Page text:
A solidly built track pump with a stable base and good ergonomics which should last for ever
All metal barrel and base
Quite small gauge
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Topeak’s JoeBlow is one of those track pumps which everyone seems to use, but Topeak actually makes a bewildering array of Joe Blows, with the Sport II being near the bottom end of the 20 pump range (only 14 of which make it to the UK).
Nevertheless it’s a meaty pump, starting with its weight, which is heading towards 2kg. It has a steel barrel and a large steel base, which both makes it very stable and easy to get a foot on to start pumping.
Although it’s got a shortish hose and small gauge, they are placed around a quarter of the way up the barrel, so they’re easy to get at and the gauge is easy to read, with a quality look to it. It’s also got a moveable yellow indicator so you can see at a distance when you are up to your desired pressure. You might have difficulty getting at the valves if you’ve got your bike in a stand though.
>>> Buyer's guide to minipumps
There’s a two-head adapter for presta and schrader vlaves with a two-way locking lever which engages with a solid-feeling click and there’s no loss of air when pumping once it’s attached and locked.
Watch: bike pump buyer's guide
The pump’s handle is wide, well shaped and comfortable too, so that although there’s a bit of wobble when fully extended it never feels flimsy. At 29 strokes, it doesn’t take too much effort to get to 100psi and you could go a lot further if you wanted to.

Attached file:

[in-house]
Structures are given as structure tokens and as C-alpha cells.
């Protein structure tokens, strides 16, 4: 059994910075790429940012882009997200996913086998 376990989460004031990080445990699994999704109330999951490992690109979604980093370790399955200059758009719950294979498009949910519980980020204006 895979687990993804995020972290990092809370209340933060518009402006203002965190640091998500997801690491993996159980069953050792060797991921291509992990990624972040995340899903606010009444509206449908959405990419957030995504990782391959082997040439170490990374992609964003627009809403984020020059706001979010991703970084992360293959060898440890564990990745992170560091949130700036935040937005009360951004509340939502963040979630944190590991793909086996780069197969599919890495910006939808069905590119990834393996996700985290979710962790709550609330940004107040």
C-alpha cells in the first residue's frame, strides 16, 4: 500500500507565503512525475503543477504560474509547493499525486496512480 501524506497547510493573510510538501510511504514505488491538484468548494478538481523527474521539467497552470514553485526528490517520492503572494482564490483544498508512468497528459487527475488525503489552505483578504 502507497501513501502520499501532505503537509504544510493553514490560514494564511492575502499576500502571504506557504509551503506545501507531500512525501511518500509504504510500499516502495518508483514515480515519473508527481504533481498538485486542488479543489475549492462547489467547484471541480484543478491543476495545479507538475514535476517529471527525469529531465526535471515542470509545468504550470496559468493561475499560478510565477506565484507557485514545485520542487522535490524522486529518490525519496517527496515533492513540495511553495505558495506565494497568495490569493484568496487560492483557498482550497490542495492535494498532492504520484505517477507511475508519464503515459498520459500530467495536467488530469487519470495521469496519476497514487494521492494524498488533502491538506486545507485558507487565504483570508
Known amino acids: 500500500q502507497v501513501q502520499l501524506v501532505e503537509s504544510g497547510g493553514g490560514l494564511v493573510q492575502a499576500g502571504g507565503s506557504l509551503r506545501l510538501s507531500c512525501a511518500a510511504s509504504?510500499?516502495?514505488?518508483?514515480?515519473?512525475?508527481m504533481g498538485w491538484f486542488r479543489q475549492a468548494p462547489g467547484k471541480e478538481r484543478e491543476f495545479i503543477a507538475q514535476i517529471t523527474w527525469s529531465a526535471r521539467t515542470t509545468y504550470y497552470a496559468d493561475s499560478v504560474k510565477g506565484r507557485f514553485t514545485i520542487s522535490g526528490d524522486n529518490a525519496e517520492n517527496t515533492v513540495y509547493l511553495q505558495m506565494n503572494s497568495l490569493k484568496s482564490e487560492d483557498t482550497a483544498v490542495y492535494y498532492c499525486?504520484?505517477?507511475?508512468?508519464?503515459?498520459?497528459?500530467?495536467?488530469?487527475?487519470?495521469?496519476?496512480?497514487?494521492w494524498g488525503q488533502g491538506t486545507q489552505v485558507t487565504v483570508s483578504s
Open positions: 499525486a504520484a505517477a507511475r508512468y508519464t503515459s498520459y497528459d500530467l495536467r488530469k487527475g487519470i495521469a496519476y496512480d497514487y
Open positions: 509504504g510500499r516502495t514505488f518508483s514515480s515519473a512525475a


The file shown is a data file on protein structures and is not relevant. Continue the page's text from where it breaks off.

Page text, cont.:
Topeak sells the parts you are most likely to need to replace separately too: valves, gauges, seals, heads, so if something goes wrong you probably won’t have to throw the pump away and start again. It also comes with the usual airbed and football adapters if you expect to venture away from the bike. So this is a great pump at a keen price which should keep going for ages.
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Paul started writing for Cycling Weekly in 2015, covering cycling tech, new bikes and product testing. Since then, he’s reviewed hundreds of bikes and thousands of other pieces of cycling equipment for the magazine and the Cycling Weekly website.
He’s been cycling for a lot longer than that though and his travels by bike have taken him all around Europe and to California. He’s been riding gravel since before gravel bikes existed too, riding a cyclocross bike through the Chilterns and along the South Downs.
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